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dc.contributor.authorMouratidis, PXEen_US
dc.contributor.authorRivens, Ien_US
dc.contributor.authorCivale, Jen_US
dc.contributor.authorSymonds-Tayler, Ren_US
dc.contributor.authorTer Haar, Gen_US
dc.coverage.spatialEnglanden_US
dc.date.accessioned2019-02-15T16:02:13Z
dc.date.issued2019en_US
dc.identifierhttps://www.ncbi.nlm.nih.gov/pubmed/30700171en_US
dc.identifier.citationInt J Hyperthermia, 2019, 36 (1), pp. 229 - 243en_US
dc.identifier.urihttps://repository.icr.ac.uk/handle/internal/3053
dc.identifier.eissn1464-5157en_US
dc.identifier.doi10.1080/02656736.2018.1558289en_US
dc.description.abstractAIM: Thermal isoeffective dose (TID) has not been convincingly validated for application to predict biological effects from rapid thermal ablation (e.g., using >55 °C). This study compares the classical method of quantifying TID (derived from hyperthermia data) with a temperature-adjusted method based on the Arrhenius model for predicting cell survival in vitro, after either 'rapid' ablative or 'slow' hyperthermic exposures. METHODS: MTT assay viability data was obtained from two human colon cancer cell lines, (HCT116, HT29), subjected to a range of TIDs (120-720 CEM43) using a thermal cycler for hyperthermic (>2 minutes, <50 °C) treatments, or a novel pre-heated water bath based technique for ablative exposures (<10 seconds, >55 °C). TID was initially estimated using a constant RCEM>43°C=0.5, and subsequently using RCEM(T), derived from temperature dependent cell survival (injury rate) Arrhenius analysis. RESULTS: 'Slow' and 'rapid' exposures resulted in cell survival and significant regrowth (both cell lines) 10 days post-treatment for 240 CEM43 (RCEM>43°C=0.5), while 340-550 CEM43 (RCEM>43°C =0.5) delivered using 'rapid' exposures showed 12 ± 6% viability and 'slow' exposures resulted in undetectable viability. Arrhenius analysis of experimental data (activation energy ΔE = 5.78 ± 0.04 × 105 J mole-1, frequency factor A = 3.27 ± 11 × 1091 sec-1) yielded RCEM=0.42 * e0.0041*T which better-predicted cell survival than using R CEM> 43°C=0.5. CONCLUSIONS: TID calculated using an RCEM(T) informed by Arrhenius kinetic parameters provided a more consistent, heating strategy independent, predictor of cell viability, improving dosimetry of ablative thermal exposures. Cell viability was only undetectable above 305 ± 10 CEM43 using this revised measure.en_US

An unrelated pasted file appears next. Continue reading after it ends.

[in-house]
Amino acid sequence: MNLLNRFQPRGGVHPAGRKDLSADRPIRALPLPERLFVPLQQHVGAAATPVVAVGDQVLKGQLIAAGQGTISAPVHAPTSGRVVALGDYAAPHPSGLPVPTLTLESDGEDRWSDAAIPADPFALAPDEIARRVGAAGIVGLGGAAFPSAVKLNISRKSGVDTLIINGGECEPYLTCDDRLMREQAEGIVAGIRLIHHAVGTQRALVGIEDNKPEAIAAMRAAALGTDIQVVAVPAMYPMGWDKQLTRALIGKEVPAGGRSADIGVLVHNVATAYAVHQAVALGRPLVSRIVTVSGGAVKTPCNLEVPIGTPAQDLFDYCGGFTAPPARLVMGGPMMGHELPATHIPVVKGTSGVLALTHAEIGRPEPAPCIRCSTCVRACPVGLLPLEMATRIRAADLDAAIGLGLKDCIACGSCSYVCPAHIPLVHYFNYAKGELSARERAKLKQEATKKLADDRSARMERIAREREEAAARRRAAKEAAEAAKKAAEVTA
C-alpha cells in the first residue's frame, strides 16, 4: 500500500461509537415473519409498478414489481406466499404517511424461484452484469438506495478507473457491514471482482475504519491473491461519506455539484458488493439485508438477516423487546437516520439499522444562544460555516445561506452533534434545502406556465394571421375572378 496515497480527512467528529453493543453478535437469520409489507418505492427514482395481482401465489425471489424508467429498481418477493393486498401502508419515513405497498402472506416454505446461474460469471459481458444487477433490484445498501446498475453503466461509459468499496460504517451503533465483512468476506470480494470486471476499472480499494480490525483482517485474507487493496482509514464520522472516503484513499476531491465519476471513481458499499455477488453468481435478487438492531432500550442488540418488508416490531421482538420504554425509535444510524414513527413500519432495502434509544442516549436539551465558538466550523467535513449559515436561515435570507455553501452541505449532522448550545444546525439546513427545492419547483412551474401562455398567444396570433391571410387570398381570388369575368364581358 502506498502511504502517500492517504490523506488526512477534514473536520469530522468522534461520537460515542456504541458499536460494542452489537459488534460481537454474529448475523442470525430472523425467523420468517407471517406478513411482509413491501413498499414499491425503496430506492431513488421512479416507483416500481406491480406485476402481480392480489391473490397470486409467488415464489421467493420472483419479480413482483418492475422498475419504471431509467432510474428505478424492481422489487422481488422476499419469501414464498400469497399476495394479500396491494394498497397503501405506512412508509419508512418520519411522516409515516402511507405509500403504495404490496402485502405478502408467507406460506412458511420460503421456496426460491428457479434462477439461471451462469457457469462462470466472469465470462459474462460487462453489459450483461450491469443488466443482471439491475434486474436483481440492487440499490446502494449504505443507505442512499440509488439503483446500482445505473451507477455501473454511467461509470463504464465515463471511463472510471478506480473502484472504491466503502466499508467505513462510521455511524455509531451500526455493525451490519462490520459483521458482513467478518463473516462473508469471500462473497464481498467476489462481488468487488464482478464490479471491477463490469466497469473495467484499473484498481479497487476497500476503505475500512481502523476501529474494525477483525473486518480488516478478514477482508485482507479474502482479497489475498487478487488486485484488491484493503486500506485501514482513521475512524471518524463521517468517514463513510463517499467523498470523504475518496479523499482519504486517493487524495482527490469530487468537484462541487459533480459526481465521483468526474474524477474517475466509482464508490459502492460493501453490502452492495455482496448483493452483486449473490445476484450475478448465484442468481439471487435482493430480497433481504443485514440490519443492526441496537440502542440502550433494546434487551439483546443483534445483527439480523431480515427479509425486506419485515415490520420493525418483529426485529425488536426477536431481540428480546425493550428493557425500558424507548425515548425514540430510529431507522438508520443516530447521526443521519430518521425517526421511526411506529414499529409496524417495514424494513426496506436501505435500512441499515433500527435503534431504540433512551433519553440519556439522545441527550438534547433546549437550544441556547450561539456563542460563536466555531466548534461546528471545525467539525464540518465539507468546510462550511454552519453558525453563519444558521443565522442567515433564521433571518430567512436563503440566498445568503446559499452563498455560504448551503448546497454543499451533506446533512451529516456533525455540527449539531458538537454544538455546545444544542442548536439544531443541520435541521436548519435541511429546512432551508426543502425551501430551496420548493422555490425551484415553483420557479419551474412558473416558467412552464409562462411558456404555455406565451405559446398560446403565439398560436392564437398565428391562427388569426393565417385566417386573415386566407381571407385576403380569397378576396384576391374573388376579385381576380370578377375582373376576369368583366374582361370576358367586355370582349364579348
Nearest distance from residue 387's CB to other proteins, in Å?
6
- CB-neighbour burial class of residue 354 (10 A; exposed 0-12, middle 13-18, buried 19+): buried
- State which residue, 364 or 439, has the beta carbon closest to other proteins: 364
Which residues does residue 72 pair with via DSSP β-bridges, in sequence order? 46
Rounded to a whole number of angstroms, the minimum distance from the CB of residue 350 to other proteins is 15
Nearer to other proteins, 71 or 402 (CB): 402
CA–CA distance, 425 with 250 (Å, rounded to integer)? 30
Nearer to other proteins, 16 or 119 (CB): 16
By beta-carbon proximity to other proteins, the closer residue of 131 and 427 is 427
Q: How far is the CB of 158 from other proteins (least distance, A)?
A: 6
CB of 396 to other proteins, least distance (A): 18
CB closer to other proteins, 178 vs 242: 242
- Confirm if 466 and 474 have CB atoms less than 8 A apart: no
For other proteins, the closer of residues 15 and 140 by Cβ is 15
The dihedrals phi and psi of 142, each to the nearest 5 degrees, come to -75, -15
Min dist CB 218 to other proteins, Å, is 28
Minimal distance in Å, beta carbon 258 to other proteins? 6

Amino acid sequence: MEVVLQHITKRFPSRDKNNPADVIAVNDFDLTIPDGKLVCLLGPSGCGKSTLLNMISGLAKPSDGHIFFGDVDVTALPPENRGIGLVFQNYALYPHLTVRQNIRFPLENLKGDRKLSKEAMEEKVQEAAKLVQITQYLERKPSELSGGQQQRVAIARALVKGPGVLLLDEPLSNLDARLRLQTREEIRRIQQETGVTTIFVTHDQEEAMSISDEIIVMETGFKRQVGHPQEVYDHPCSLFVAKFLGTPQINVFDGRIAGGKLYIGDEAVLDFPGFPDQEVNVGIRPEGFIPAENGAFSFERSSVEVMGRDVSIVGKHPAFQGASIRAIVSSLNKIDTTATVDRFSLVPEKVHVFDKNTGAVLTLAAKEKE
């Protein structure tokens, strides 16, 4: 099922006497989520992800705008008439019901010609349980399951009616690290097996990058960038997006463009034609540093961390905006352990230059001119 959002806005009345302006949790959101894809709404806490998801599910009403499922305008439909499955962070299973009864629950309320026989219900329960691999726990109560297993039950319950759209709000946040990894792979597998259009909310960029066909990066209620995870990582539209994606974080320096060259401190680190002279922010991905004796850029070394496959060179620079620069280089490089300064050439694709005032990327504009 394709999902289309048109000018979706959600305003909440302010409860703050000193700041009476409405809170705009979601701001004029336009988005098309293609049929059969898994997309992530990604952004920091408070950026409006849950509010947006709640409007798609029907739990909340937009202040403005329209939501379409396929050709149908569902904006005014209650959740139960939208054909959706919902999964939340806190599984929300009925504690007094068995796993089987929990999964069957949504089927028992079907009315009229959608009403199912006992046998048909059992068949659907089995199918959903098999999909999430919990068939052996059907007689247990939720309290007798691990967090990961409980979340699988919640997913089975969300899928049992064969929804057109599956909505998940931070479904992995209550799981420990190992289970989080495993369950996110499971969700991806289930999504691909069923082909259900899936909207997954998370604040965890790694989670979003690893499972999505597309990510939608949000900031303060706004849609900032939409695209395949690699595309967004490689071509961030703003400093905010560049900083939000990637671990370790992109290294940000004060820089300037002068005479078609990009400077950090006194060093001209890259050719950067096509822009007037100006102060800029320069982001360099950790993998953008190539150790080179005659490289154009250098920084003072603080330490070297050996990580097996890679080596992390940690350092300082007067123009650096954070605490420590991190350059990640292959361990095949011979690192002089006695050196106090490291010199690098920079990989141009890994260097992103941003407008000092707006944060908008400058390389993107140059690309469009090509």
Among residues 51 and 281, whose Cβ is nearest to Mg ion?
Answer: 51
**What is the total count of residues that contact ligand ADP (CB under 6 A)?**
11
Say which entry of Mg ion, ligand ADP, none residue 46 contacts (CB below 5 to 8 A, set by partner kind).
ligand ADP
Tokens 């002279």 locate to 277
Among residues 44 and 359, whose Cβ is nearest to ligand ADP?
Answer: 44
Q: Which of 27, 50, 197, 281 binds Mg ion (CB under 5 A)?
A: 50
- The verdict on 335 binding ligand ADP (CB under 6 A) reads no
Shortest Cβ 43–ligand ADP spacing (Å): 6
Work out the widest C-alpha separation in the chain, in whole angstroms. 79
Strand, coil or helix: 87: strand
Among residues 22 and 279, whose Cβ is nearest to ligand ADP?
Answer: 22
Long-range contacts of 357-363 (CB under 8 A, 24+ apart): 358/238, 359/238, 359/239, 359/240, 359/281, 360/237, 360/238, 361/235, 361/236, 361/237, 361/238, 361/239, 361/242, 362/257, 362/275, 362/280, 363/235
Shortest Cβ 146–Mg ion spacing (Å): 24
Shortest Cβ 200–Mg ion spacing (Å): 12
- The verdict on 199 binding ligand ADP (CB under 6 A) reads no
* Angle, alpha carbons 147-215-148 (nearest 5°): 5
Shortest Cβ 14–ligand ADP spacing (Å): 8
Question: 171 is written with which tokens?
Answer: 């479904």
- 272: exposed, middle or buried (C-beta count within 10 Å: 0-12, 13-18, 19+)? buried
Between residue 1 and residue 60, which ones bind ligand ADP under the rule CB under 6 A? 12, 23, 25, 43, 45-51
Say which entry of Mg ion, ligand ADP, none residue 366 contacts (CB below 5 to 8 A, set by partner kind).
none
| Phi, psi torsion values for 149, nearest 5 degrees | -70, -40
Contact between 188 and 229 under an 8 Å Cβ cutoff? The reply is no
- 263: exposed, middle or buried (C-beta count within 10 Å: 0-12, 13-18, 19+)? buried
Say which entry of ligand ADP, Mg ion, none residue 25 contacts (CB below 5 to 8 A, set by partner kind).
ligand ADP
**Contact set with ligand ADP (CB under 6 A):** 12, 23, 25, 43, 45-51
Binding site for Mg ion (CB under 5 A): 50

dc.format.extent229 - 243en_US
dc.languageengen_US
dc.language.isoengen_US
dc.rights.urihttp://creativecommons.org/licenses/by/4.0/en_US
dc.subjectArrheniusen_US
dc.subjectThermal doseen_US
dc.subjectheaten_US
dc.subjecthyperthermiaen_US
dc.subjectthermal ablationen_US
dc.title'Relationship between thermal dose and cell death for "rapid" ablative and "slow" hyperthermic heating'.en_US
dc.typeJournal Article
rioxxterms.versionofrecord10.1080/02656736.2018.1558289en_US
rioxxterms.licenseref.startdate2019en_US
rioxxterms.typeJournal Article/Reviewen_US
dc.relation.isPartOfInt J Hyperthermiaen_US
pubs.issue1en_US
pubs.notesNot knownen_US
pubs.organisational-group/ICR
pubs.organisational-group/ICR/Primary Group
pubs.organisational-group/ICR/Primary Group/ICR Divisions
pubs.organisational-group/ICR/Primary Group/ICR Divisions/Radiotherapy and Imaging
pubs.organisational-group/ICR/Primary Group/ICR Divisions/Radiotherapy and Imaging/Imaging for Radiotherapy Adaptation
pubs.organisational-group/ICR/Primary Group/ICR Divisions/Radiotherapy and Imaging/Therapeutic Ultrasound
pubs.publication-statusPublisheden_US
pubs.volume36en_US
pubs.embargo.termsNot knownen_US
icr.researchteamImaging for Radiotherapy Adaptationen_US
icr.researchteamTherapeutic Ultrasounden_US
dc.contributor.icrauthorCivale, Johnen_US
dc.contributor.icrauthorRivens, Ianen_US
dc.contributor.icrauthorTer Haar, Gailen_US


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